The Gas Gathering Rule (also known as the Mega Rule) is expected to affect midstream companies and gas gathering operators through the expansion of PHMSA jurisdiction, causing existing pipe to be regulated.
Some companies or operators may see a significant change in the percentage of their assets that become regulated by PHMSA when the Mega Rule comes into effect.
Why is this important? In addition to integrity management and other requirements for operating regulated pipe, the operation of the pipeline control center will become subject to the PHMSA Control Room Management Rule (CRM Rule).
This could lead to a necessary shift in resources to ensure alignment with the CRM Rule and prove compliance when subject to an audit. Before the Gas Gathering Rule takes effect, though, it is important to evaluate the timeline of events.
Timeline of the Gas Gathering Rule from 2017 to 2019
– In April 2017, PHMSA published a Notice of Proposed Rulemaking (NPRM) titled, “Pipeline Safety: Safety of Gas Transmission and Gathering Pipelines.” The NPRM set out to accomplish the following:
- Propose the repeal of API RPI 80 for gathering lines and add a new definition for “production facility” or “production operation,” “gas treatment facility,” and “gas processing plant,” and a revised definition for “gathering line.” Note: This point has since been tabled.
- Extend regulatory safety requirements to Type A lines in Class 1 locations (with a diameter of 8.625-inches or greater).
- Extend the reporting requirements (incident and annual data) to all gathering lines.
- Requirements that would apply to previously unregulated pipelines meeting these criteria would be limited to damage prevention, corrosion control (for metallic pipe), public education program, maximum allowable operating pressure (MAOP) limits, line markers, and emergency planning.
The objective in 2017 was deciding on the expected timeline and evaluating the expected changes that would result from the new Gas Gathering Rule proposed by PHMSA. The goal was to determine whether an operator’s pipelines are regulated or not. And, if they are regulated, then deciding whether the CRM Rule applies.
– In January 2019, the Gas Pipeline Advisory Committee (GPAC) met to discuss the expected approach of PHMSA as it relates to Gas Gathering Rule. It was made clear that PHMSA would be moving toward additional regulation of pipe not previously subjected to the CRM Rule.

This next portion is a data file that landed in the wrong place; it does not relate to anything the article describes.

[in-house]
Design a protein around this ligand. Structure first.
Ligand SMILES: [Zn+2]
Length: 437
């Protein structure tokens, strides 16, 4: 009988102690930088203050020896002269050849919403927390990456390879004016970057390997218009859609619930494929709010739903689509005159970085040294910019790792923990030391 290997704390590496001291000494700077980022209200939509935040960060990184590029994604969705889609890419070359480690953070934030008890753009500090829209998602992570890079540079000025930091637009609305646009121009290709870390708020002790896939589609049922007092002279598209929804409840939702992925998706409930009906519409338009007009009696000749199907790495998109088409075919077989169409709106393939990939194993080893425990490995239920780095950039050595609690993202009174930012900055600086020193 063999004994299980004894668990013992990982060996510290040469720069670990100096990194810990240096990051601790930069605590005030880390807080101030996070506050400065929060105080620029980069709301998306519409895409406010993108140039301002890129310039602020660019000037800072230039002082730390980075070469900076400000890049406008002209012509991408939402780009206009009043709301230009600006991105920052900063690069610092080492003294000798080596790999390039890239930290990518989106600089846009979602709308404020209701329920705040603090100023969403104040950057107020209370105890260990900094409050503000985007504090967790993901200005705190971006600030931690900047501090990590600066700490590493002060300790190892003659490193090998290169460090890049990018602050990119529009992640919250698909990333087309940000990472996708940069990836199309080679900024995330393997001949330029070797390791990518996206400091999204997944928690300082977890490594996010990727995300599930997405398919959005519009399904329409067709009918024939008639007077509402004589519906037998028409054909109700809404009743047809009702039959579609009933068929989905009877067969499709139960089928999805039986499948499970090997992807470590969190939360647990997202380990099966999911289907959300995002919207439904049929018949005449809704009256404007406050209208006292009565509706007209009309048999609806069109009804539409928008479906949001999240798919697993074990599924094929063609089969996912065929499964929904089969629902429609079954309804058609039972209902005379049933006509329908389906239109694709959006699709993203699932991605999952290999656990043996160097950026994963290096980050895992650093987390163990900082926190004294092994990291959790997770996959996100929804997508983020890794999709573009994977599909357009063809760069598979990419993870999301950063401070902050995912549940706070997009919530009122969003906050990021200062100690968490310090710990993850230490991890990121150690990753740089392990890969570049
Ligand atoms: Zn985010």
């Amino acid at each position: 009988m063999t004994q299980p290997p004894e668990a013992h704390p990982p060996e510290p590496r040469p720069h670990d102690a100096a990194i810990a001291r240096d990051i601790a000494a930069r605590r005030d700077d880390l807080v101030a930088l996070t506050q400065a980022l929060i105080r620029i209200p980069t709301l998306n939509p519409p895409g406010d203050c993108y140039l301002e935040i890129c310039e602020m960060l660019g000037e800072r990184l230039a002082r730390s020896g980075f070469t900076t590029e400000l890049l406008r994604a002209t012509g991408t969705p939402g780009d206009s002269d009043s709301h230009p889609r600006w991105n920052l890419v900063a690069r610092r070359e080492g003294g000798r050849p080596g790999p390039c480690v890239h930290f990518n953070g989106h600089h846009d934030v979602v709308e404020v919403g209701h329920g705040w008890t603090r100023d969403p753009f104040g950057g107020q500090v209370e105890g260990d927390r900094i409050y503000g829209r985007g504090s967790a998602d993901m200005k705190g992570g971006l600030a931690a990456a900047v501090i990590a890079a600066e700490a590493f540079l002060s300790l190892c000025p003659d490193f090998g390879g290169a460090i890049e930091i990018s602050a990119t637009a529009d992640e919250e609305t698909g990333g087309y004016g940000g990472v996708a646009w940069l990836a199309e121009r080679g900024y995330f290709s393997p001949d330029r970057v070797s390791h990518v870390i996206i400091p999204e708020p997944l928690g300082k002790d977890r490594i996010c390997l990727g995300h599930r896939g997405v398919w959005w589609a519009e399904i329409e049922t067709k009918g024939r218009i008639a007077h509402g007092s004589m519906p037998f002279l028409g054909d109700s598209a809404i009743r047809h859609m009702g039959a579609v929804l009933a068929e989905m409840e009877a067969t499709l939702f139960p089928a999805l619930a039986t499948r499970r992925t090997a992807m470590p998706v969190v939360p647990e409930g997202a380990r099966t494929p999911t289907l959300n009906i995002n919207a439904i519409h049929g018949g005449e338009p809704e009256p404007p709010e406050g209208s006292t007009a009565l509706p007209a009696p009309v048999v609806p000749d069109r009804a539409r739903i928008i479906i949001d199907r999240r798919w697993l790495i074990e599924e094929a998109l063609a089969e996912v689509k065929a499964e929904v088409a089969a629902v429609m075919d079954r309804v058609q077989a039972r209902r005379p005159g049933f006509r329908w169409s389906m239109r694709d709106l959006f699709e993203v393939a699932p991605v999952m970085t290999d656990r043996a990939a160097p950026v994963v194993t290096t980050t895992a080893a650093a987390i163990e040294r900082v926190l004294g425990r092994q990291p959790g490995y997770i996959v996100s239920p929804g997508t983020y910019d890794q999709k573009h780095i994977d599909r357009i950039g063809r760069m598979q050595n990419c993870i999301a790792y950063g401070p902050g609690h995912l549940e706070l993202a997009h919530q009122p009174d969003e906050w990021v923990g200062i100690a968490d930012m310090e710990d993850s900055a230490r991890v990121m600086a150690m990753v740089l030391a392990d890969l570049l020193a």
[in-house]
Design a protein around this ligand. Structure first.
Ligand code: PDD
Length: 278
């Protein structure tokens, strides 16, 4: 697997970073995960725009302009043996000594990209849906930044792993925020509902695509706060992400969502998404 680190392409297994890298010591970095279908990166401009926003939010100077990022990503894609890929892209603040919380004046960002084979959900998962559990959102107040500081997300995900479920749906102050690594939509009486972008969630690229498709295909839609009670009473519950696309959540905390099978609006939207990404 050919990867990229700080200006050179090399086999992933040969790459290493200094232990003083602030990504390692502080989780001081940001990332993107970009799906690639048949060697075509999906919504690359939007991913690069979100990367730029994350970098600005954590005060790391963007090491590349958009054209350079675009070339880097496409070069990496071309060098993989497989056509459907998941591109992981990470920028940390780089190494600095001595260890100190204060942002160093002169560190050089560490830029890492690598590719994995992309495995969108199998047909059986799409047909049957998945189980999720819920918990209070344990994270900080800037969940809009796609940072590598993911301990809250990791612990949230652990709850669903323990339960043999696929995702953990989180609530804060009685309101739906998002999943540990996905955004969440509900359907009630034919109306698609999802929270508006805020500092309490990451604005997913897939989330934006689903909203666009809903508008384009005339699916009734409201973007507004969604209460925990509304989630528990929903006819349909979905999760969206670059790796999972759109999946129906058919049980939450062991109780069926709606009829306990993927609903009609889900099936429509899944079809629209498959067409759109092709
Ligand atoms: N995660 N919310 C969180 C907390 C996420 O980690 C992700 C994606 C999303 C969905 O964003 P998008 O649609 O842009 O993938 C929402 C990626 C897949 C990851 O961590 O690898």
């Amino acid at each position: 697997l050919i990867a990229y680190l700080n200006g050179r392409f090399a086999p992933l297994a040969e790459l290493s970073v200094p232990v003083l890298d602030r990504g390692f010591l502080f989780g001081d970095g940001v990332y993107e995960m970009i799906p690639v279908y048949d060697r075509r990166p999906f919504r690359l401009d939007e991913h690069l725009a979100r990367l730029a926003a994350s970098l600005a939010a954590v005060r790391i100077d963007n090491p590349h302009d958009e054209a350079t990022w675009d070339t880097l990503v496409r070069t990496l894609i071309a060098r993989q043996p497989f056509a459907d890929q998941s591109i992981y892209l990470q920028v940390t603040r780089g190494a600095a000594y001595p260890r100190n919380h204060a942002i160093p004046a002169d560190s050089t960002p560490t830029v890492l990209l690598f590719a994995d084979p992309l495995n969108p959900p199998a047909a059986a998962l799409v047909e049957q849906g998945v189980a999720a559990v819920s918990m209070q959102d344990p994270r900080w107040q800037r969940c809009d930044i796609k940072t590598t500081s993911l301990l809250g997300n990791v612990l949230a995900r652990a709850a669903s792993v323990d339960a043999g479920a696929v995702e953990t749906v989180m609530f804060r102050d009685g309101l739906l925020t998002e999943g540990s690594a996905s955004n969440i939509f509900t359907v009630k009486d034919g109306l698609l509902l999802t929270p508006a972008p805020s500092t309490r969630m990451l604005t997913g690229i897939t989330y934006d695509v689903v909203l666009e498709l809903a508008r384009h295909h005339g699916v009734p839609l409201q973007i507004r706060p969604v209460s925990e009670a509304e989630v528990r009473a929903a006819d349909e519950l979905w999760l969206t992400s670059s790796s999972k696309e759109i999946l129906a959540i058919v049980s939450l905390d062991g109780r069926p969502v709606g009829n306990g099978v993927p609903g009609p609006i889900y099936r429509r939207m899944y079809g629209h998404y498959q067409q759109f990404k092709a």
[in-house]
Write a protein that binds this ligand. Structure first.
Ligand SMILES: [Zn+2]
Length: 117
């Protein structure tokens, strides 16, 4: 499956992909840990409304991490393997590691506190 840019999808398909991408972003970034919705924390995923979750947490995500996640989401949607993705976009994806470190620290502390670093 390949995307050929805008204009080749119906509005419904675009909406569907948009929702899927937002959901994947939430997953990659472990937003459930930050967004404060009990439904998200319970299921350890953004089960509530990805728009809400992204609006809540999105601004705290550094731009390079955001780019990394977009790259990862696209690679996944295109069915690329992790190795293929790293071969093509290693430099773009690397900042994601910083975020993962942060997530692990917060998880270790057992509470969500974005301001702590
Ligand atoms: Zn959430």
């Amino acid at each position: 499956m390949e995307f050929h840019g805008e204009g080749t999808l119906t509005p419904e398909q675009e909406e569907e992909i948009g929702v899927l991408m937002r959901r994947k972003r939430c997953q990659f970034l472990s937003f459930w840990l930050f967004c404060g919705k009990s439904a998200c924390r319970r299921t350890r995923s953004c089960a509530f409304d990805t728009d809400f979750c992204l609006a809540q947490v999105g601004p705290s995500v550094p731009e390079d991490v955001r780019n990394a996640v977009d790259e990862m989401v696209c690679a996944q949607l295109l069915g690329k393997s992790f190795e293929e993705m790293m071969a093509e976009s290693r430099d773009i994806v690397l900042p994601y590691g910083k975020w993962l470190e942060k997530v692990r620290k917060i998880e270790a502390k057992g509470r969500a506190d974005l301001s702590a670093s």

– On June 25 and 26 of this year, GPAC will resume discussions of the Gas Gathering Rule. The GPAC meeting is expected to result in the implementation of the rule this year. (Note: Read the follow-up article with the results from the committee meetings.)
Future Application of the Gas Gathering Rule
Based on recent GPAC presentations, it is expected that an expanded list of gas gathering pipeline types will fall under PHMSA jurisdiction. These assets will require CRM Rule compliance — 49 CFR Part 192 (Transportation of Natural and Other Gas By Pipeline) — to meet minimum federal safety standards.
The question for midstream companies and gas gathering operators is which type of pipeline is expected to come under PHMSA jurisdiction. These types are expected to become regulated under the Gas Gathering Rule:
- Type A, Area 1: unknown stress level
- Type A, Area 2: unknown stress level and MAOP exceeds 125 psig.
- Type A, Area 2: Class 1 location with 12.75 to 16-inch diameter pipe and with at least one dwelling in the Potential Impact Radius (PIR).
- Type A, Area 2: Class 1 location with a pipe diameter greater than 16 inches and no PIR limitations.
The classifications are expected to be discussed and potentially finalized during the June 2019 GPAC meetings as part of their final review of the rule. [Read the Latest Update]
For now, midstream and pipeline operators should be thinking about how much of their pipe could be newly regulated. This could affect advanced resource planning for compliance, audit, and regulatory purposes.
Contact EnerSys to Discuss Your Pipeline Assets
The EnerSys team is privileged to contribute to the GPAC meetings. If you have questions about how the new Gas Gathering Rule could affect your company or operation, contact us today to discuss your assets.
Additionally, take a moment to listen to EnerSys CEO Russel Treat’s recent update on the Gas Gathering Rule on the Pipeliners Podcast. You can also read the full transcript of his podcast episode for additional insight on the rulemaking process.